With the support of the Ministry of Culture of the Russian Federation, the Moscow Government and the Department of Culture of the city of Moscow

Russian Cinema club federation ‘Keen Eye’ award

Russian Cinema club federation ‘Keen Eye’ award — 'The Campaign’, Romania, directed by Marian Crisan.

There was this sad joke: “In the Soviet Union they started selling triple beds because Lenin was always with us”. This joke could be told by the villagers of Romanian Salonta, the simple-hearted people.  Once a politician Mokanu from Bucharest comes to stay in the village or rather with the family of the tractor driver Viorel, who is roughly the same age. His team respectfully addresses him as “Minister”, but it is hard to believe he has anything to do with executive power. All the grotesque Mokanu can do is deliver populist and rhetorical talks. This is sufficient to aspire for a seat in the European Parliament. What follows is something that happens under all political regimes in all times: he must urgently simulate closeness to people. For the first time Mikanu finds himself in this rural home purely by chance: his car breaks down not far from the field that Viorel is toiling. Then he finds out that staying in that house is convenient: every day he can demonstrate that he shares the peasants’ worries and hide from the accusations put forward by the opponent during the election campaign. Viorel who is promised a new tractor for his participation in the game, pretends to be an old army friend.  Or rather he has a simpler function – to be “furniture”, part of the interior for innumerable photo sessions. The director Marian Crisan had to navigate between Scylla and Charybdis because a plot like that presents a lot of difficulties. On the one hand it is a comedy of intrigue and the film will inevitably become one. On the other hand it is an accusatory movie and it becomes increasingly difficult to avoid this temptation given all the high-flown rhetoric about bureaucracy. But the director manages to look at his protagonist without laughter or anger. What saves the movie is everybody’s stupor-like state and the slow tempo. The camera barely moves along the village street. Mokanu slowly walks from house to house trying to strike a conversation with the villagers. The latter avoid any meaningful dialogue. All the talks about pies that Mokanu likes to have at the local bakery serve to highlight the senselessness of everything he pronounces from the pulpit, being totally detached from life. Gradually the spectacle that could have been a comedy turns into something half desperate half frightening. The elections are taking too long to begin, the team fret and have a nervous breakdown because they are stuck in this mysterious village (another eternal narrative device). The politician’s gaze becomes empty and the gaze of his friend has always been like that. Any attempts to get drunk, make a confession or break this time loop in any way peter out. Every morning Mokanu wakes up in the room of Viorel’s son, who has gone to town, under the poster of “Metallica”. Marian Crisan’s movie could be called a film about the meaninglessness of everything from the European Parliament to life itself if the director had not shifted the focus from the politician to the tractor driver. All this time he did not merely keep silent and pretend to be a part of furniture but also made his own unconventional conclusions. Bernard Shaw’s “Pygmalion” comes to mind and the idea that authors of social experiments always bear the responsibility for those whom they have tamed. The eternal topic – and oratory about “family being the most important thing”, “heading towards democracy”, “supporting veterans” and even official sport events with the participation of young karate boys will stay there forever.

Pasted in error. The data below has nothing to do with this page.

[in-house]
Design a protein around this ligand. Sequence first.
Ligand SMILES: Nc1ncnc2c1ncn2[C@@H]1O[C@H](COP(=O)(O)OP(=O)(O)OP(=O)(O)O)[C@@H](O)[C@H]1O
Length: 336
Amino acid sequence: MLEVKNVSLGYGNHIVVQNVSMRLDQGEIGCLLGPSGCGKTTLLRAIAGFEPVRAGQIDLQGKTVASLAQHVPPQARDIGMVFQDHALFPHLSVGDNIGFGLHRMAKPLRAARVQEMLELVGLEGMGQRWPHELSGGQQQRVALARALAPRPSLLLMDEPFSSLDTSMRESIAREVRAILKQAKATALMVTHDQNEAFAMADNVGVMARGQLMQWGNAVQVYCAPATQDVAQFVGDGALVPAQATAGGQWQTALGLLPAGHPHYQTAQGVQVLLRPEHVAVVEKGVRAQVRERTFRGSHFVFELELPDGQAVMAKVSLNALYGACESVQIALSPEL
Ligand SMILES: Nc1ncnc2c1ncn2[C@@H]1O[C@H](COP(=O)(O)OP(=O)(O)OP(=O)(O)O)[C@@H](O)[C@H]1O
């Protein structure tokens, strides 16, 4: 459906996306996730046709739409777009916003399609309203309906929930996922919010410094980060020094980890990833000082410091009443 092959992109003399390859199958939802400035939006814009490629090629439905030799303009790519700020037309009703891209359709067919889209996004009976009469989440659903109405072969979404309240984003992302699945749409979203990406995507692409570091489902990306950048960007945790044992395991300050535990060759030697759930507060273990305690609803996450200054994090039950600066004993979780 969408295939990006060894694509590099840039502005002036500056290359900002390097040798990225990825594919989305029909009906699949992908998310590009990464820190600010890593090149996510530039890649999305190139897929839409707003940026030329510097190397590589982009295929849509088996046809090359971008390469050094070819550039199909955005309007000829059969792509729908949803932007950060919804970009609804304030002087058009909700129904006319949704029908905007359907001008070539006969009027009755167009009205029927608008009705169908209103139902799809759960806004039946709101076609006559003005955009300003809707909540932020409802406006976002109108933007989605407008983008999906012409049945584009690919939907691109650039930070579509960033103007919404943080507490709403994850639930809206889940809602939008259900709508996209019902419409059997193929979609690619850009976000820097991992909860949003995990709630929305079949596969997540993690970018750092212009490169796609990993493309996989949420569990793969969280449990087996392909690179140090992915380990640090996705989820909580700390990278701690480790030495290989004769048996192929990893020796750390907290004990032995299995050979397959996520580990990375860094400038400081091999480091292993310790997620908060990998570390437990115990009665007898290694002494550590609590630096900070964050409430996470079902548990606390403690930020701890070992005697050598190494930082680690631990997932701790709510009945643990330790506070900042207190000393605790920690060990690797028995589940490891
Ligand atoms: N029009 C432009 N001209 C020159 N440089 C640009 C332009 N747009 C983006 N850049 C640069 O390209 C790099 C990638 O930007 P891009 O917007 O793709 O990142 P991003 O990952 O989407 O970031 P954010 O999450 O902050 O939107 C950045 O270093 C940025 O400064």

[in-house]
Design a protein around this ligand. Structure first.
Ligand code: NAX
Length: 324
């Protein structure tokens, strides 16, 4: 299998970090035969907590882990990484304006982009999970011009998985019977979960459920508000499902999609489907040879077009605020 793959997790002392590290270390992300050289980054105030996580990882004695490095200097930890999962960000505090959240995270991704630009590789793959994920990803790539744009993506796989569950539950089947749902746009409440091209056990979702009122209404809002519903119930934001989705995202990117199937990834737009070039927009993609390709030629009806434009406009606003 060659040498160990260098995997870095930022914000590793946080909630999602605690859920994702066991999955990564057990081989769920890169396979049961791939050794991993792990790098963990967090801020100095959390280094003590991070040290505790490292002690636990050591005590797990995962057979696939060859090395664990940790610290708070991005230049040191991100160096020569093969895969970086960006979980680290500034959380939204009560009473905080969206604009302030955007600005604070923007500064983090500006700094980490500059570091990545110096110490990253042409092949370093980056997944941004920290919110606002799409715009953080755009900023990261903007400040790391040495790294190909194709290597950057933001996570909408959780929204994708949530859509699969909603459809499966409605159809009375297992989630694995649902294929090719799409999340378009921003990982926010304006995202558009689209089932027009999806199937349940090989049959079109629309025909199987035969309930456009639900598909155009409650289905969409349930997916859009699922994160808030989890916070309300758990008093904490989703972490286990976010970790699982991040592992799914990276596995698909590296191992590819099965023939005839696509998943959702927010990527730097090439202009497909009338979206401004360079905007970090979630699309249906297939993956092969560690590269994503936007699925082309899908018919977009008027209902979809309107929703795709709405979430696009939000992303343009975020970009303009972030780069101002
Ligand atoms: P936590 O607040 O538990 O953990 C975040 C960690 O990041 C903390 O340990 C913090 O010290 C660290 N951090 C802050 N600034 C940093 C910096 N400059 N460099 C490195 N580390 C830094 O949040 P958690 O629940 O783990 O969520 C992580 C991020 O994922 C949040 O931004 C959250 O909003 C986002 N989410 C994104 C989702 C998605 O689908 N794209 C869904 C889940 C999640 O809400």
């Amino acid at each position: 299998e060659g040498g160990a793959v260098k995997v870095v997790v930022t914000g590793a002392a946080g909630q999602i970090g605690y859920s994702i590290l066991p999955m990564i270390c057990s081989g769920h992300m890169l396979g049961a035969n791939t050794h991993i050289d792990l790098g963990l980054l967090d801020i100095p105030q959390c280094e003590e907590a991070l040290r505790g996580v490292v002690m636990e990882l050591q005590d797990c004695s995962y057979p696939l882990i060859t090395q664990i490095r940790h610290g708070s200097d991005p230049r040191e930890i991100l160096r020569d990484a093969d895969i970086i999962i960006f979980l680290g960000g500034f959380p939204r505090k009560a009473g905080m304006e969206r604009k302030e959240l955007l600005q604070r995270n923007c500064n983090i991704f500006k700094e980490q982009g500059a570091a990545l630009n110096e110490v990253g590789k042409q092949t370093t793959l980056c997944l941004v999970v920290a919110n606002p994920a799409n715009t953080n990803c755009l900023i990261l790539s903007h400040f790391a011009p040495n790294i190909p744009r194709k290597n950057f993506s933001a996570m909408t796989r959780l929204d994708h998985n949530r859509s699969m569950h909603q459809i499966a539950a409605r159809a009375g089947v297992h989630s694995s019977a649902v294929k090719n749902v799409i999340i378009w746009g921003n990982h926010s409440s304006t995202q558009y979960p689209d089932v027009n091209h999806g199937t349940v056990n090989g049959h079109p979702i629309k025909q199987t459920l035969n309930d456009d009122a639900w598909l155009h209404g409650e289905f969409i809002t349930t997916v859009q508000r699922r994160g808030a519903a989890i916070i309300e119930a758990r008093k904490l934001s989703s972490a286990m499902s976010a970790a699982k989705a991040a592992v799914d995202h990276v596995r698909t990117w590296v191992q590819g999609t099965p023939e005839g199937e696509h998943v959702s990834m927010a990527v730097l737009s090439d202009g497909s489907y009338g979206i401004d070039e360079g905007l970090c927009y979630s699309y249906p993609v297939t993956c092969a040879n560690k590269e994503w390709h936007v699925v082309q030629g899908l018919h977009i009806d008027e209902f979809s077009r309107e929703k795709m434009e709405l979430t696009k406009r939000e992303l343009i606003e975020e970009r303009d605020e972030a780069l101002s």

Igor Savelev